Given this, corporate decisions to fund worker travel for abortion care or include it as a benefit mean that this model will not only reproduce economic inequality, but will also have gender and racial consequences. . Which women are most likely to work as full-time employees of companies that offer these benefits? It’s not women of color, who are underrepresented in many industries, who are making these changes to their employees.
In tech, where Amazon, Google and Netflix will allow women time off to access abortion care, in 2015 women made up 25% of employees and Asian American women made up the largest group of women of color with only 5%. African-American and Latino women made up a paltry 3% and 1%, respectively. The financial sector, where JPMorgan Chase follows suit, has also not been kind to women of color, with black, Asian and Latina women facing substantial discrimination in advancement opportunities in elite sectors. of this domain. Sociologist Megan Tobias Neeley finds that in the hedge fund industry, a system of patrimonialism — where most white male managers find and groom other white men for leadership and advancement opportunities — virtually guarantees that women of all races, but especially women of color, face thwarted career paths and minimal mobility if they succeed.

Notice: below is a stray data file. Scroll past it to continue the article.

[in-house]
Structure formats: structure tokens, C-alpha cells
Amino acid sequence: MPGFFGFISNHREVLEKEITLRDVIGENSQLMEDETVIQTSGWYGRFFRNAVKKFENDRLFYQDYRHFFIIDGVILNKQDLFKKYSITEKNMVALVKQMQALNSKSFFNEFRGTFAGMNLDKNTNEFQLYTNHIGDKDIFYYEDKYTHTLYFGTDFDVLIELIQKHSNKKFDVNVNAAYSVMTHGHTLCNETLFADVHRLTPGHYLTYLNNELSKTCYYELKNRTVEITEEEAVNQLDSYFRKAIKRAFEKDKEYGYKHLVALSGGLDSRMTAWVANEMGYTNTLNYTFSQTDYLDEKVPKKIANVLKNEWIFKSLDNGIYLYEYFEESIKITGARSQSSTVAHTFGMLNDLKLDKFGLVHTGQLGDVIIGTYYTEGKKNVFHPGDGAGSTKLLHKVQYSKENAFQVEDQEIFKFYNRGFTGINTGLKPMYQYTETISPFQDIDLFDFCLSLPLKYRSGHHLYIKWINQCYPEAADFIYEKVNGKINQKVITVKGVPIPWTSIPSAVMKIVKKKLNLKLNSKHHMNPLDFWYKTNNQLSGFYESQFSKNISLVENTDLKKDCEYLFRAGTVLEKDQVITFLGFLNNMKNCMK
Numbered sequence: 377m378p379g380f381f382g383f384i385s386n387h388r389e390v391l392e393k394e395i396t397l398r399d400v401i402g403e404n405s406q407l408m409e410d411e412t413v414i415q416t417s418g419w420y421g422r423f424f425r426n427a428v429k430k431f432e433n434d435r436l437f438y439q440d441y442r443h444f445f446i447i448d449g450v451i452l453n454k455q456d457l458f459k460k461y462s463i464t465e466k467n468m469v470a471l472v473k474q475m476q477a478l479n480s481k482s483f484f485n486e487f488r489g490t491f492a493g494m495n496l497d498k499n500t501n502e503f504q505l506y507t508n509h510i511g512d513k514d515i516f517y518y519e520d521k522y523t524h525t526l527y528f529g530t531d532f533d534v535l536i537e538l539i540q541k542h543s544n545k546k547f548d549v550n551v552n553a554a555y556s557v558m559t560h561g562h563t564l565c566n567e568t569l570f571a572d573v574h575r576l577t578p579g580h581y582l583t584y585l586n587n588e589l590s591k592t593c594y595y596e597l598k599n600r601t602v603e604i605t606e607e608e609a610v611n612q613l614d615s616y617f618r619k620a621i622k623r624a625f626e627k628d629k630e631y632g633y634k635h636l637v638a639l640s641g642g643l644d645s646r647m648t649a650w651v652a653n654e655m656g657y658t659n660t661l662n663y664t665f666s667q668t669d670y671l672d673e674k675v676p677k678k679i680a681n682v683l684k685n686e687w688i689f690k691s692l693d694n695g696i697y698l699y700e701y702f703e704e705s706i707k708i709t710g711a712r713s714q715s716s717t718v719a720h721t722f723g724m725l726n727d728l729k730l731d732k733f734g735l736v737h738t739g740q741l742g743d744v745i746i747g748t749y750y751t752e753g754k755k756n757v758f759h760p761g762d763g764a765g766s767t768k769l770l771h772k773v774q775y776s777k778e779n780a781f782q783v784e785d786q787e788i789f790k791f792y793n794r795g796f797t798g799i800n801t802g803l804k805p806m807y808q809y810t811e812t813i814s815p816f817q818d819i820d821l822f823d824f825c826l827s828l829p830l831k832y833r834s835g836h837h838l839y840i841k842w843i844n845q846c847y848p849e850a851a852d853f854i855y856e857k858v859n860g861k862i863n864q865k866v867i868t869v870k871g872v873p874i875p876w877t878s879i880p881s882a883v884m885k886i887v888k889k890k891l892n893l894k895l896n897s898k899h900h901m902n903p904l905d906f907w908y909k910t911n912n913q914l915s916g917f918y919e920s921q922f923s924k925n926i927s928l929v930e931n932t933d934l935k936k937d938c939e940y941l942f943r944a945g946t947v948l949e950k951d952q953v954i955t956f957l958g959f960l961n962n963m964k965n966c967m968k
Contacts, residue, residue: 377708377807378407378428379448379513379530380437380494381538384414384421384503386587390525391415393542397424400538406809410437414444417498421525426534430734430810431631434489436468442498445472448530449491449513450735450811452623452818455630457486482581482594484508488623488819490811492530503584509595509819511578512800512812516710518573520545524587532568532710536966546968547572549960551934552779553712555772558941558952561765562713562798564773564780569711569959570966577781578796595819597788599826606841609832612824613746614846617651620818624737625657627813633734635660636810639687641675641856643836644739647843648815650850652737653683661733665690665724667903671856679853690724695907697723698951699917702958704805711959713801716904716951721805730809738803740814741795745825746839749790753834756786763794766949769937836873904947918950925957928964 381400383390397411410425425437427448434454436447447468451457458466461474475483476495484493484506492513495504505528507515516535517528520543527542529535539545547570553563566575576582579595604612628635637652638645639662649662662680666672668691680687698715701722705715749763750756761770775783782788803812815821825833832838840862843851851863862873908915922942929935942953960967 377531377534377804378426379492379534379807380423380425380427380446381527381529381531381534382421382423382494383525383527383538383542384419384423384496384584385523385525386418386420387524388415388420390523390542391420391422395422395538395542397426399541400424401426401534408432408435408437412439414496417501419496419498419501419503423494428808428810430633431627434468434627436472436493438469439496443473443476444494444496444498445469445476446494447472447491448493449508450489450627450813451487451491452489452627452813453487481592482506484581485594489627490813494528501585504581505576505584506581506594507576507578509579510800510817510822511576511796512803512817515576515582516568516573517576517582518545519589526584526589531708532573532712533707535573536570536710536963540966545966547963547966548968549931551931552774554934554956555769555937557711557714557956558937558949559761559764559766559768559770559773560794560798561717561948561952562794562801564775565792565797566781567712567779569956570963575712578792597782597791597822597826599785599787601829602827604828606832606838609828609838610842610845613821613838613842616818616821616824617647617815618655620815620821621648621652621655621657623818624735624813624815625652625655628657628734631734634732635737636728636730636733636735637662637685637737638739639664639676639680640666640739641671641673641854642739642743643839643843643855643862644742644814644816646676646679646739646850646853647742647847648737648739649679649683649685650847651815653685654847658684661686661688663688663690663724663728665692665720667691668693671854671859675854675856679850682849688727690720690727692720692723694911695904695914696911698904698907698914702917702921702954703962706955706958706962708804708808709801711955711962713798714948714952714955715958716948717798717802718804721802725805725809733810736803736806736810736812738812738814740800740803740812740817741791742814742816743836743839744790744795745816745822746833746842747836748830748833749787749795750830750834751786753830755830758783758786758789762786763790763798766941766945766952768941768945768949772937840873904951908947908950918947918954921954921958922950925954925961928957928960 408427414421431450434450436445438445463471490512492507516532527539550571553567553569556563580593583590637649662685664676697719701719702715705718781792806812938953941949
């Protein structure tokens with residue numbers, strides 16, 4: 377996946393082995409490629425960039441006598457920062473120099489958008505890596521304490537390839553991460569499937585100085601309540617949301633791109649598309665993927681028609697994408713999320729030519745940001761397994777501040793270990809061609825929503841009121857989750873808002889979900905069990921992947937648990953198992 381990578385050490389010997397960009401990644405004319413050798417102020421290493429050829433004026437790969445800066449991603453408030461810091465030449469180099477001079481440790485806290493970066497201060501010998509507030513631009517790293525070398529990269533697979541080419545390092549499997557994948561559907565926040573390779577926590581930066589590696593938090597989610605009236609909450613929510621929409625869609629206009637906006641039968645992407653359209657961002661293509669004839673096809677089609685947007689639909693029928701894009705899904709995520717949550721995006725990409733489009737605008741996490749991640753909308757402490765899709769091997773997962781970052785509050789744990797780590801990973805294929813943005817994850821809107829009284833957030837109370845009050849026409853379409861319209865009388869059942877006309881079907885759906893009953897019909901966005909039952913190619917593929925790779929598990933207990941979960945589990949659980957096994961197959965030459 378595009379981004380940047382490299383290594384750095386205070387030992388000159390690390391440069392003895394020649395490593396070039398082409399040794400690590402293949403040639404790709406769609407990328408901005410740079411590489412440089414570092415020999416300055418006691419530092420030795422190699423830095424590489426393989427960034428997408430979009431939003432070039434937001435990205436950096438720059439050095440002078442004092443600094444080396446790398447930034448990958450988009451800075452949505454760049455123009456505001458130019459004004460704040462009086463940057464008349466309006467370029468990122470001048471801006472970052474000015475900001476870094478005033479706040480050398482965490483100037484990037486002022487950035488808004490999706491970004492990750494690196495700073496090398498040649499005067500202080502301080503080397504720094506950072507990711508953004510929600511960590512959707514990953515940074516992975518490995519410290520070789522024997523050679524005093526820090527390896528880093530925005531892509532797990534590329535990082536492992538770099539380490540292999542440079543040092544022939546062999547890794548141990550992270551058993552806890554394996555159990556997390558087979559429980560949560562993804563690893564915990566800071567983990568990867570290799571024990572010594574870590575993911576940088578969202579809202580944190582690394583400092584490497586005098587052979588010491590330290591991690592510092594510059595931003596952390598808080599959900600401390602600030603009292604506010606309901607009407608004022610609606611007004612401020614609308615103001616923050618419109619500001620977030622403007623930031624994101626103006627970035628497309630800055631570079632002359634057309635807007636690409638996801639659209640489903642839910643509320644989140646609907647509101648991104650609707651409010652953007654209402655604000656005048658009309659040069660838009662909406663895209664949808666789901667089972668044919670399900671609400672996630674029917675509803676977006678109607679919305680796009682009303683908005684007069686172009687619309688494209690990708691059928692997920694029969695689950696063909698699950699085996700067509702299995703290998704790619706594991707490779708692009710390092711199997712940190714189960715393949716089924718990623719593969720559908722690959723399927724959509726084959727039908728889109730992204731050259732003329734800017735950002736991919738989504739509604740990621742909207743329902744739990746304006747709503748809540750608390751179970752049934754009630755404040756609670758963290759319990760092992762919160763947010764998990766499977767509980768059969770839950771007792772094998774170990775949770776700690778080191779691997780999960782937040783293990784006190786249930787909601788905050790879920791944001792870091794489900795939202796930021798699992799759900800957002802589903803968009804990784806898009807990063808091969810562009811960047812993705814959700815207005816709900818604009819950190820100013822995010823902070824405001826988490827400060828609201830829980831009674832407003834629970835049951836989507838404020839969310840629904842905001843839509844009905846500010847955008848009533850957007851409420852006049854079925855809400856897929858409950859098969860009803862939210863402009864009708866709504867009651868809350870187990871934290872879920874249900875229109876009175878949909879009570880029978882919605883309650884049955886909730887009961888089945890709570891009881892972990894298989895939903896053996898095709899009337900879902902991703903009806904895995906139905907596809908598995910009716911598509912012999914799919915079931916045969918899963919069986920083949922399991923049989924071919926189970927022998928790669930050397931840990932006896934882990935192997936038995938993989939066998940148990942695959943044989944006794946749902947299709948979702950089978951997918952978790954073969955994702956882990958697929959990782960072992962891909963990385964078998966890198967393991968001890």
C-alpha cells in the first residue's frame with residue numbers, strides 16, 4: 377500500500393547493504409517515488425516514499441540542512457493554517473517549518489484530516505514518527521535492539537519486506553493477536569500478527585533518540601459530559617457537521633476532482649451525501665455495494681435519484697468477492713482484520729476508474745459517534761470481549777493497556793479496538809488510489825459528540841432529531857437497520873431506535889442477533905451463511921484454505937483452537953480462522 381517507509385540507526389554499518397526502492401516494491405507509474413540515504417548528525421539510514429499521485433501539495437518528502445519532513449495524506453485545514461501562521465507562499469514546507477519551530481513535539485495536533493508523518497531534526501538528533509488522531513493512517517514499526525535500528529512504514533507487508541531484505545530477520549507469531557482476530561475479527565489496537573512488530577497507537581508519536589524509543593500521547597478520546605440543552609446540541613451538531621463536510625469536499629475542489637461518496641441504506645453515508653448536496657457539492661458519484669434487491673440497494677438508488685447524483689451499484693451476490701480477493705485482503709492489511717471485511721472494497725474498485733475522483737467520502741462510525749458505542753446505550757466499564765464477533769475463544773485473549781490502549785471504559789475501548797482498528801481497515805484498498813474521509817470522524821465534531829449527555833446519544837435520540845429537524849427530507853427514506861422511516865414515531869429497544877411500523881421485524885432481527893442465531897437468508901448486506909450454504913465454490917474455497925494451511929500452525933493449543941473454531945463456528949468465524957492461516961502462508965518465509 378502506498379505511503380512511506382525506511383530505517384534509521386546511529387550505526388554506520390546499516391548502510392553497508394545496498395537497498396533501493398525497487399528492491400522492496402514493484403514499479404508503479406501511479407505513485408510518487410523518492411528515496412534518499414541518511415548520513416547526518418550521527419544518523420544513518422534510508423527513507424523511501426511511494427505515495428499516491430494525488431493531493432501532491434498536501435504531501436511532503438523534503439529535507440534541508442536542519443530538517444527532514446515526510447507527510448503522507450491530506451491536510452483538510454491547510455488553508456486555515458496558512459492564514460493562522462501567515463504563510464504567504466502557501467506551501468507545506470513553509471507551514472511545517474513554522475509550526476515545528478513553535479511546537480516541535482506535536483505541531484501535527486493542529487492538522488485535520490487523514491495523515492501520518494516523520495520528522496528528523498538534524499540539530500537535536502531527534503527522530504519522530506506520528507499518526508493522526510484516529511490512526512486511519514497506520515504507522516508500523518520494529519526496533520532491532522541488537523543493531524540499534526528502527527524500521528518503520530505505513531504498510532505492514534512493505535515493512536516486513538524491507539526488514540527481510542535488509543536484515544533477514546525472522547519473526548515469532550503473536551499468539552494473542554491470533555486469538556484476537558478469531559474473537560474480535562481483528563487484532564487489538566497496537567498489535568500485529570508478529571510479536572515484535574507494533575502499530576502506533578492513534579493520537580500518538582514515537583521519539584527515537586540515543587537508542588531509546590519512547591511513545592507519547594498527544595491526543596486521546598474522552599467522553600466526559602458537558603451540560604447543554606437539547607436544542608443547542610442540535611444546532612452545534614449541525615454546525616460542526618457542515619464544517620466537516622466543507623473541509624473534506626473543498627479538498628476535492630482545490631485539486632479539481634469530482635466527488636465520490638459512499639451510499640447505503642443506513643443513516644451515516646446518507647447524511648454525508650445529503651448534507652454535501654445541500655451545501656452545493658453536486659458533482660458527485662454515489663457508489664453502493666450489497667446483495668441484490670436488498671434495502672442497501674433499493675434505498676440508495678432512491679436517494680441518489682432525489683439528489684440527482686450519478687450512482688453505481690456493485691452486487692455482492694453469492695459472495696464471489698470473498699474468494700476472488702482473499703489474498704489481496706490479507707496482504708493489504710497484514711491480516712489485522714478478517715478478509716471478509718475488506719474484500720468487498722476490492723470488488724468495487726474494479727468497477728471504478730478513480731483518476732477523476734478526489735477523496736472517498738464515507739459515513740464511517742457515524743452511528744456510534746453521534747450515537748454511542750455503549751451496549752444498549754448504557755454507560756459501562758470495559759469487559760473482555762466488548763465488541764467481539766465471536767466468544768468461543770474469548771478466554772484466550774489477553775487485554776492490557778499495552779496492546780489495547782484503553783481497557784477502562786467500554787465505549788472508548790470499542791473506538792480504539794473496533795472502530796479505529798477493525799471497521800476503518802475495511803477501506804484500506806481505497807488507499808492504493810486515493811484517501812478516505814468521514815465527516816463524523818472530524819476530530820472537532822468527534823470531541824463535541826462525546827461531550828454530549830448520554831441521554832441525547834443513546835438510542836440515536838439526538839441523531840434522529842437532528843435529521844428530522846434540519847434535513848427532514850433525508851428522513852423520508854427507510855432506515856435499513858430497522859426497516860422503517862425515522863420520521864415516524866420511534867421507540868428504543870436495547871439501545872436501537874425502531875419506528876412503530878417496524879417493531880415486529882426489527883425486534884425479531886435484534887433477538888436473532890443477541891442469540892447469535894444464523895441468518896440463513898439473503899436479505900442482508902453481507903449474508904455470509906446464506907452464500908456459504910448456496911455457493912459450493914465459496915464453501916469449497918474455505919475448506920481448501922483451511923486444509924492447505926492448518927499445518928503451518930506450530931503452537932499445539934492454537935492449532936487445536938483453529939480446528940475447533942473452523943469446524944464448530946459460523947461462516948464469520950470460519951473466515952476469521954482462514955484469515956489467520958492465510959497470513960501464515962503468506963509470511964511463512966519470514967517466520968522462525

In the fractured workplace, those most likely to receive abortion benefits will be well-educated, well-paid white women. Women working for Google as engineers, software designers and coders will be the ones who can use company funds to travel out of state for abortion care. The women who empty the bins, prepare the food in the cafeteria, and make sure you log in when you enter the building? Not really.
That said, women of color who are direct employees of these companies will likely also face particular challenges in accessing these benefits. Aside from the immediate awkwardness and discomfort of telling your boss you need time off for abortion care, women of color often report more distance and difficulty building relationships with their direct superiors and supervisors. For black and Latina women, who are already stereotyped as very promiscuous and sexually available, going to a (presumably) white male manager to ask for abortion leave isn’t just uncomfortable. This risks aggravating their existing sense of alienation in these workplaces.
It’s common to hear critics of the Roe reversal note that low-income women of color will be the hardest hit by the move. When companies that use a fissured workplace model offer abortion coverage or benefits to their employees, they help turn this truism into reality. Employees who can take advantage of this benefit will not be women of color who work in low-paying jobs. These women toil in jobs without paid parental leave, affordable childcare or sick leave. From now on, they can add the right to abortion to the list of resources that are denied to them.